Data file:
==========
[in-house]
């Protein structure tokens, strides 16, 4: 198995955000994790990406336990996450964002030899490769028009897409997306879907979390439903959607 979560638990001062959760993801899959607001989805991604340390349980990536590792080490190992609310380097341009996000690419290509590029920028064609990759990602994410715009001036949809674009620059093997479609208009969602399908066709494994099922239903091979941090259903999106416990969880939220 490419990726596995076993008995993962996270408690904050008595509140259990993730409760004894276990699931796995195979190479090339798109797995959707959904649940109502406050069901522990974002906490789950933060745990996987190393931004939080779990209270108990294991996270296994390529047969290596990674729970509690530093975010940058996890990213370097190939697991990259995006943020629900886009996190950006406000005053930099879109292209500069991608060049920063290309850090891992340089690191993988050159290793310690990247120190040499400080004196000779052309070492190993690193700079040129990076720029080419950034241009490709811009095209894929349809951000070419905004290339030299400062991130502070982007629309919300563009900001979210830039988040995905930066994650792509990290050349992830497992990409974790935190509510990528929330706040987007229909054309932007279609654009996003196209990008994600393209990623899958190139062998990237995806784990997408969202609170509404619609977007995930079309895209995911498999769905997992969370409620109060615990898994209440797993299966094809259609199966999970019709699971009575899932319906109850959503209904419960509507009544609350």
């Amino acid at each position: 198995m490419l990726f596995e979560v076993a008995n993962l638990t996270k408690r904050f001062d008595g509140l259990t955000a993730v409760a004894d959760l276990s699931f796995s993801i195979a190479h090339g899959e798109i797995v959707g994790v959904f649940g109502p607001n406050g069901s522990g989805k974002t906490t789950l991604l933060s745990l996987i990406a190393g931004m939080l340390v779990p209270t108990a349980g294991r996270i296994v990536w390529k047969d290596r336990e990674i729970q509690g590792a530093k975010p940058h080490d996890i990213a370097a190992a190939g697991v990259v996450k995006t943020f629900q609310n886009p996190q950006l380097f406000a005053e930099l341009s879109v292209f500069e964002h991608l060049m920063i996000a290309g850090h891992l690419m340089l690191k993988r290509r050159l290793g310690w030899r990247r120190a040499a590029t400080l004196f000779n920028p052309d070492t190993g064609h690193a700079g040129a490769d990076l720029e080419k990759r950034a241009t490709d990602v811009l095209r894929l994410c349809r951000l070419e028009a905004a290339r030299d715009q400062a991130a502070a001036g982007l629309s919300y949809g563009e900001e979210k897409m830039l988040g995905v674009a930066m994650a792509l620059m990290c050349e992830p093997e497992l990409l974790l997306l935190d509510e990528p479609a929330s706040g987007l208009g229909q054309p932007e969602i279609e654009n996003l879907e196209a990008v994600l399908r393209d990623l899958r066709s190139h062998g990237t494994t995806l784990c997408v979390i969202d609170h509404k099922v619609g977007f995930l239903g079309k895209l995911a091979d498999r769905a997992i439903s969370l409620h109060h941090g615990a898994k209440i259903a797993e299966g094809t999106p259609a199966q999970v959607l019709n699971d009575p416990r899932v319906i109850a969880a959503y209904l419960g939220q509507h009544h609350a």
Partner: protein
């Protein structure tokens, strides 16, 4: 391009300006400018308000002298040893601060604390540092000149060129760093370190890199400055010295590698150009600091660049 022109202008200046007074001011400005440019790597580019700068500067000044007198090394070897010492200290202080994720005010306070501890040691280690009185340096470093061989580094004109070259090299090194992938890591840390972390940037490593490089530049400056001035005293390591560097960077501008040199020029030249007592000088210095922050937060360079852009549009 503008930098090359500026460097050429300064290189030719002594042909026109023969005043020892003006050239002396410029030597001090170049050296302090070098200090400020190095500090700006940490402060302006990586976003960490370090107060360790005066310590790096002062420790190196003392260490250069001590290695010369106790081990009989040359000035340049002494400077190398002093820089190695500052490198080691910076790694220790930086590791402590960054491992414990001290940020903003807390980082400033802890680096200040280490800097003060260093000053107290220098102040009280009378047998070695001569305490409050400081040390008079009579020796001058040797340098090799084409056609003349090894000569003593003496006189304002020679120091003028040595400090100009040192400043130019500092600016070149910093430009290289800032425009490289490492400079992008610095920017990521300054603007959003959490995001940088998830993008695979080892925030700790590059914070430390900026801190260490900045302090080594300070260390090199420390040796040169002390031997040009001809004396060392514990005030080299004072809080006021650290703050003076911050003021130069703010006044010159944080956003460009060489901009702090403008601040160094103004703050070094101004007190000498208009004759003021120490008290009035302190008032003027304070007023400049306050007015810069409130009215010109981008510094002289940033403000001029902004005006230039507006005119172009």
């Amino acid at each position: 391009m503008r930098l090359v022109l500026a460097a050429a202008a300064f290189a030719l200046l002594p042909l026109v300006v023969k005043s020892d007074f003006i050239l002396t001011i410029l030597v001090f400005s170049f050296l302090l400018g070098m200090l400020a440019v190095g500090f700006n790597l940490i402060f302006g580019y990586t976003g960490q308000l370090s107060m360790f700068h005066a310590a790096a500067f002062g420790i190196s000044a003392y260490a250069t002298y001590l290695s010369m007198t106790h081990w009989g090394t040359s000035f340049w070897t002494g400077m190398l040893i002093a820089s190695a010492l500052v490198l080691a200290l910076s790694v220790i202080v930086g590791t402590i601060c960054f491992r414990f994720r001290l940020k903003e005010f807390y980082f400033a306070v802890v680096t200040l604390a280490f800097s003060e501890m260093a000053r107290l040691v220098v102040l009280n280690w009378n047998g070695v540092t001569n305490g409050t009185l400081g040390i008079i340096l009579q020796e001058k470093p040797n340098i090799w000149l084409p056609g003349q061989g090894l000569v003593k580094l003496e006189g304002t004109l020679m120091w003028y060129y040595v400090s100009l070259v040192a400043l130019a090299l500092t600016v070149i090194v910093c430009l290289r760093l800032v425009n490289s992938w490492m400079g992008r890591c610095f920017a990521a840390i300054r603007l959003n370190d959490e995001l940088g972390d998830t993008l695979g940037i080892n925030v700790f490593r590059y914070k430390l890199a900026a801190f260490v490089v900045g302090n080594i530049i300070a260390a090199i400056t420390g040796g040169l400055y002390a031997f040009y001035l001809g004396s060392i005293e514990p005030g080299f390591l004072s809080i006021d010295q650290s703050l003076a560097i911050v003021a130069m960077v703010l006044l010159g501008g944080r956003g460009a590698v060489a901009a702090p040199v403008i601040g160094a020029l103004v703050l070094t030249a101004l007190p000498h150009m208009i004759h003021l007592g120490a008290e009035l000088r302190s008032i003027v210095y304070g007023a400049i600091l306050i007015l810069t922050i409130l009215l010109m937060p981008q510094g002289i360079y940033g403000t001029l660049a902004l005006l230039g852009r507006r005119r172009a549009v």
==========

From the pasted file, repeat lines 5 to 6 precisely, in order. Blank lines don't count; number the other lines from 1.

């Protein structure tokens, strides 16, 4: 391009300006400018308000002298040893601060604390540092000149060129760093370190890199400055010295590698150009600091660049 022109202008200046007074001011400005440019790597580019700068500067000044007198090394070897010492200290202080994720005010306070501890040691280690009185340096470093061989580094004109070259090299090194992938890591840390972390940037490593490089530049400056001035005293390591560097960077501008040199020029030249007592000088210095922050937060360079852009549009 503008930098090359500026460097050429300064290189030719002594042909026109023969005043020892003006050239002396410029030597001090170049050296302090070098200090400020190095500090700006940490402060302006990586976003960490370090107060360790005066310590790096002062420790190196003392260490250069001590290695010369106790081990009989040359000035340049002494400077190398002093820089190695500052490198080691910076790694220790930086590791402590960054491992414990001290940020903003807390980082400033802890680096200040280490800097003060260093000053107290220098102040009280009378047998070695001569305490409050400081040390008079009579020796001058040797340098090799084409056609003349090894000569003593003496006189304002020679120091003028040595400090100009040192400043130019500092600016070149910093430009290289800032425009490289490492400079992008610095920017990521300054603007959003959490995001940088998830993008695979080892925030700790590059914070430390900026801190260490900045302090080594300070260390090199420390040796040169002390031997040009001809004396060392514990005030080299004072809080006021650290703050003076911050003021130069703010006044010159944080956003460009060489901009702090403008601040160094103004703050070094101004007190000498208009004759003021120490008290009035302190008032003027304070007023400049306050007015810069409130009215010109981008510094002289940033403000001029902004005006230039507006005119172009």
């Amino acid at each position: 391009m503008r930098l090359v022109l500026a460097a050429a202008a300064f290189a030719l200046l002594p042909l026109v300006v023969k005043s020892d007074f003006i050239l002396t001011i410029l030597v001090f400005s170049f050296l302090l400018g070098m200090l400020a440019v190095g500090f700006n790597l940490i402060f302006g580019y990586t976003g960490q308000l370090s107060m360790f700068h005066a310590a790096a500067f002062g420790i190196s000044a003392y260490a250069t002298y001590l290695s010369m007198t106790h081990w009989g090394t040359s000035f340049w070897t002494g400077m190398l040893i002093a820089s190695a010492l500052v490198l080691a200290l910076s790694v220790i202080v930086g590791t402590i601060c960054f491992r414990f994720r001290l940020k903003e005010f807390y980082f400033a306070v802890v680096t200040l604390a280490f800097s003060e501890m260093a000053r107290l040691v220098v102040l009280n280690w009378n047998g070695v540092t001569n305490g409050t009185l400081g040390i008079i340096l009579q020796e001058k470093p040797n340098i090799w000149l084409p056609g003349q061989g090894l000569v003593k580094l003496e006189g304002t004109l020679m120091w003028y060129y040595v400090s100009l070259v040192a400043l130019a090299l500092t600016v070149i090194v910093c430009l290289r760093l800032v425009n490289s992938w490492m400079g992008r890591c610095f920017a990521a840390i300054r603007l959003n370190d959490e995001l940088g972390d998830t993008l695979g940037i080892n925030v700790f490593r590059y914070k430390l890199a900026a801190f260490v490089v900045g302090n080594i530049i300070a260390a090199i400056t420390g040796g040169l400055y002390a031997f040009y001035l001809g004396s060392i005293e514990p005030g080299f390591l004072s809080i006021d010295q650290s703050l003076a560097i911050v003021a130069m960077v703010l006044l010159g501008g944080r956003g460009a590698v060489a901009a702090p040199v403008i601040g160094a020029l103004v703050l070094t030249a101004l007190p000498h150009m208009i004759h003021l007592g120490a008290e009035l000088r302190s008032i003027v210095y304070g007023a400049i600091l306050i007015l810069t922050i409130l009215l010109m937060p981008q510094g002289i360079y940033g403000t001029l660049a902004l005006l230039g852009r507006r005119r172009a549009v």